Grieving our normal lives during the coronavirus

Coronavirus has flipped our lives upside down in the past few months. Most areas of our lives have changed dramatically, including our work, school and social lives. With all these changes, it is not uncommon to experience higher than normal feelings of anxiety, irritability and sadness.

Along with sadness, a number of us may be experiencing feelings of grief due to recent losses.

When we hear the word grief, we often think of the death of a loved one or the end of a relationship. With the coronavirus pandemic, we have experienced grief due to the loss of our "normal" lives.

We are experiencing the loss of our schedules, routines and typical relationships. Some of us are grieving the loss of security and sense of safety.

The idea of grieving our normal lives and routines may seem unfair given the thousands of people who have contracted COVID-19, the individuals who have died from the virus and countless others working in the medical field to save the lives of these individuals.

It is important to grant ourselves grace by recognizing that although you may not have lost as much as others, your loss is still significant. Your loss still matters. It is OK to grieve what you have lost.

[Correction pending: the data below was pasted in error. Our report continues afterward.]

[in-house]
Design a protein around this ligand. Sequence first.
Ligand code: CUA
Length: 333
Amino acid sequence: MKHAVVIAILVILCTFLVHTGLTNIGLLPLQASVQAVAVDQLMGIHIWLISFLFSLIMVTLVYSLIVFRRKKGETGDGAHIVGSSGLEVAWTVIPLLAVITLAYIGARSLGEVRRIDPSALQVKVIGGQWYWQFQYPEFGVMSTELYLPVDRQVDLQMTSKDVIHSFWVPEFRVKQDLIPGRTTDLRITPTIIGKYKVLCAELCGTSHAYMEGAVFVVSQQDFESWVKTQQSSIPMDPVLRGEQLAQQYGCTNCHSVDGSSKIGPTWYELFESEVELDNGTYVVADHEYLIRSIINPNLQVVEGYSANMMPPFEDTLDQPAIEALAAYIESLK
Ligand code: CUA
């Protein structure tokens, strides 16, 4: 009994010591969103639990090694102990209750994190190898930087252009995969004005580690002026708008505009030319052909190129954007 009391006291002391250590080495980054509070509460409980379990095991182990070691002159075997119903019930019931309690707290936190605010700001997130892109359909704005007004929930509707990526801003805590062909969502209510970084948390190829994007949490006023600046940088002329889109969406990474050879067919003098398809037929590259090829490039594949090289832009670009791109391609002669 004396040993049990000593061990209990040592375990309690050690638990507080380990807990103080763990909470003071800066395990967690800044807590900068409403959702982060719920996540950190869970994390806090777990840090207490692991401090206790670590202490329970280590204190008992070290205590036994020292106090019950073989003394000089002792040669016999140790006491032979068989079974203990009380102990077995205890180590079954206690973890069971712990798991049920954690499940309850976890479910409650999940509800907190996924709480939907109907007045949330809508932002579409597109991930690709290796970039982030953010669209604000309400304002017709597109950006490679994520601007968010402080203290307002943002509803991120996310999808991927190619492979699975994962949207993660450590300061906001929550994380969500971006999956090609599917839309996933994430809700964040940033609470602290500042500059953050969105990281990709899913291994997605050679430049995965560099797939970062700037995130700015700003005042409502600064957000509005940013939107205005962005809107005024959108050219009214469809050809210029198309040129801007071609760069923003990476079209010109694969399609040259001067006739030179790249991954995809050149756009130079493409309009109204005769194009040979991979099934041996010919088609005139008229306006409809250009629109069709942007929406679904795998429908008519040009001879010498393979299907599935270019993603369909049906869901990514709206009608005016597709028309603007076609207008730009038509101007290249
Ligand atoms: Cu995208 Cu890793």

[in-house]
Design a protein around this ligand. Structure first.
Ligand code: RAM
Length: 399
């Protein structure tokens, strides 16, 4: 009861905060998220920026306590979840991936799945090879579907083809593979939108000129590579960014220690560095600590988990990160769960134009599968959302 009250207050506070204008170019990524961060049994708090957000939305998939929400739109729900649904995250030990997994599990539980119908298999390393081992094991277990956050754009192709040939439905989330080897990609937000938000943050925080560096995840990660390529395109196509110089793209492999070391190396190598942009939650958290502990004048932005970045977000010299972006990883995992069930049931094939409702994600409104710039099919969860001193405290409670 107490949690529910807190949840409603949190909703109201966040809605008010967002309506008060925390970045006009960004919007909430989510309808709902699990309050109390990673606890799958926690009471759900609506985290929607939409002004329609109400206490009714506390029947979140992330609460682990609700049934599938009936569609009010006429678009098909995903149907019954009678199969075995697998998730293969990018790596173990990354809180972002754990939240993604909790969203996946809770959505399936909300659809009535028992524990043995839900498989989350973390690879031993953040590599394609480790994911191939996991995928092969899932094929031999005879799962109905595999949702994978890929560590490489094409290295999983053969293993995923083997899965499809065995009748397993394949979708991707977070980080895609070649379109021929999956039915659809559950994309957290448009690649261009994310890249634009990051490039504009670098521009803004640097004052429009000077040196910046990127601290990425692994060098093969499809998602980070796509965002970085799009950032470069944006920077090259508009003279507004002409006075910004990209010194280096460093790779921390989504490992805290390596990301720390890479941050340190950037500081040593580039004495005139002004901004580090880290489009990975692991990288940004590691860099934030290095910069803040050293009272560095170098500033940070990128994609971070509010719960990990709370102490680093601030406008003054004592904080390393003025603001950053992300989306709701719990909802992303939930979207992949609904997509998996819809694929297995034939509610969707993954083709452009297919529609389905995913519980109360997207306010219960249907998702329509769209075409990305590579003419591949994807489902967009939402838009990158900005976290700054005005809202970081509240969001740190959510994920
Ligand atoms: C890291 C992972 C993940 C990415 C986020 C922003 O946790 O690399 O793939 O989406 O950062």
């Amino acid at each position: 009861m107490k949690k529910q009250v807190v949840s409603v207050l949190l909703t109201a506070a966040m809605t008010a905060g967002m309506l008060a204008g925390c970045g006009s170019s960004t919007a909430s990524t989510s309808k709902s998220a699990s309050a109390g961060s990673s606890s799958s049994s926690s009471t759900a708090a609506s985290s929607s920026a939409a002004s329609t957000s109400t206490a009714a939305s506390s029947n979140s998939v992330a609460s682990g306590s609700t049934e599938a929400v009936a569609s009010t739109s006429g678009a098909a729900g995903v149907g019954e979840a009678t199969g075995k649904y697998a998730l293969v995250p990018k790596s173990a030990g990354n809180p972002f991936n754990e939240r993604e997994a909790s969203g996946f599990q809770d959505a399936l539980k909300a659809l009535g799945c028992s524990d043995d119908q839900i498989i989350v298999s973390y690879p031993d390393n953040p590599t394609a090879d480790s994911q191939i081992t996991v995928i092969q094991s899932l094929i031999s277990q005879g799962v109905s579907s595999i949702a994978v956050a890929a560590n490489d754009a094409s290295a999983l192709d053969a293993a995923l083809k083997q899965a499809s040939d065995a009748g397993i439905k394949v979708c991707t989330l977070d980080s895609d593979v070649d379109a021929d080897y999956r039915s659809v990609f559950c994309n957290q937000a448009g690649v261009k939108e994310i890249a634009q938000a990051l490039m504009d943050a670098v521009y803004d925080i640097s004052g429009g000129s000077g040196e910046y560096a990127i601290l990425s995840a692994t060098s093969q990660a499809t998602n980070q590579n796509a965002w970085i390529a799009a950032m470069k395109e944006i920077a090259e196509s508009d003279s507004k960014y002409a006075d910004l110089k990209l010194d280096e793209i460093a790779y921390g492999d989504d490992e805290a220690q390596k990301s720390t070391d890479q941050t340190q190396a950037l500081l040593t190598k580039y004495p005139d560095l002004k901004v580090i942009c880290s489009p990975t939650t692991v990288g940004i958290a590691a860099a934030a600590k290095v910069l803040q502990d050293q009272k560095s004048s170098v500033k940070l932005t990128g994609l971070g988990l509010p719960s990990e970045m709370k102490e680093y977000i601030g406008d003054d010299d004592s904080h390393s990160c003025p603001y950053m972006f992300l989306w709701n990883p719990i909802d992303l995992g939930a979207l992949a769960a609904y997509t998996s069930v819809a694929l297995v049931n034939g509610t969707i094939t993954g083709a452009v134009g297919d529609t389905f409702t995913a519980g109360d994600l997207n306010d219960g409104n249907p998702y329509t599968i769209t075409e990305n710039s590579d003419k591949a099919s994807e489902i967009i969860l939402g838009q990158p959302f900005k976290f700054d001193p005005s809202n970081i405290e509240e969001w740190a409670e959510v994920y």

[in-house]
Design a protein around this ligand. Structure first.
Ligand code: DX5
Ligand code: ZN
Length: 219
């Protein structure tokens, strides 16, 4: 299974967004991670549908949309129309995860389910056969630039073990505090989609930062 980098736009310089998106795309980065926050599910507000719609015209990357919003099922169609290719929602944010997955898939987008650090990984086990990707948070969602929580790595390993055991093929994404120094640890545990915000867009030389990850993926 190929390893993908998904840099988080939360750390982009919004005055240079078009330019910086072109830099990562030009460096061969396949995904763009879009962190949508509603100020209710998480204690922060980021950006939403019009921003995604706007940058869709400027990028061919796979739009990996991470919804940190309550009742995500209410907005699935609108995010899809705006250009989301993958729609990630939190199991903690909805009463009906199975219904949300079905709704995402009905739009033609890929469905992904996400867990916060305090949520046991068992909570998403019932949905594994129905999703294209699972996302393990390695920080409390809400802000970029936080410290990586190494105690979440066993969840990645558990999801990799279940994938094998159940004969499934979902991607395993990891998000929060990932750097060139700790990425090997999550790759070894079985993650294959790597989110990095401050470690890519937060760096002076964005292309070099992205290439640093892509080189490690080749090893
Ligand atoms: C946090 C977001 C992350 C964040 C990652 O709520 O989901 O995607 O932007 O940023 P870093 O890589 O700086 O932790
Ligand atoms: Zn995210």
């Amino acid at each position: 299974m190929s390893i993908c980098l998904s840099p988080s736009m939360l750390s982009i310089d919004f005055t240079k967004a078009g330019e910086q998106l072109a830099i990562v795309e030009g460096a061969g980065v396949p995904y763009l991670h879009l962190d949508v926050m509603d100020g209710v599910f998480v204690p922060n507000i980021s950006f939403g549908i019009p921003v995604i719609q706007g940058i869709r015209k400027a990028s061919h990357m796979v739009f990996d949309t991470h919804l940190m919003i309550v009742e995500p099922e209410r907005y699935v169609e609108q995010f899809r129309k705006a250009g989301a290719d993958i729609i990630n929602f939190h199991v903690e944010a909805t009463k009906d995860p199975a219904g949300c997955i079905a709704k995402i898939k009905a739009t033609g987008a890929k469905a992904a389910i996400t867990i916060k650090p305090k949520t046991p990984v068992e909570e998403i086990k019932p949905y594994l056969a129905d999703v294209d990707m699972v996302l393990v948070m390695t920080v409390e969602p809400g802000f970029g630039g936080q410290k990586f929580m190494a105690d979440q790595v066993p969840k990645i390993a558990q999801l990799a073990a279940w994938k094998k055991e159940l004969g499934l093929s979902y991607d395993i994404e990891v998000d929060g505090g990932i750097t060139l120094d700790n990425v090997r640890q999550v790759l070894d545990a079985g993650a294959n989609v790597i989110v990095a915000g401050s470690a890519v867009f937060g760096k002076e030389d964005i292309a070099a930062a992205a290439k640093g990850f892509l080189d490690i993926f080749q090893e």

Children are especially vulnerable to this grief. Their limited ability to recognize and process the current pandemic impacts their ability to understand why this is happening. Children certainly see how the pandemic is impacting them, though. They are not attending school, they can't play at the park, and they are unable see their friends and extended family.

Let your children know that it is OK to feel sad about these losses. It is OK for them to cry because they miss their friends or miss hugs from their grandparents. Then give yourself that same grace.

Give yourself permission to think about what you have lost since the pandemic began. Perhaps you have had to cancel vacations, trips or other plans. You probably have not been able to continue your regular routine. It is likely your relationships have changed, including who you spend your time with and how you spend your time with them.

Give yourself permission to cry if you feel the need. Then, recognize the areas of your life that have continued or even improved since the pandemic began.

Perhaps you really enjoy virtual visits with your parents. Maybe you love your daily walks around the neighborhood. You may be enjoying spending more time with your family, reading, trying out new recipes or simply the slower pace of life right now.

Find time to enjoy the new pleasures in your life while also recognizing the losses you have experienced.

- by Jessica Butts, LCSW, licensed clinical social worker with Linden Oaks Behavioral Health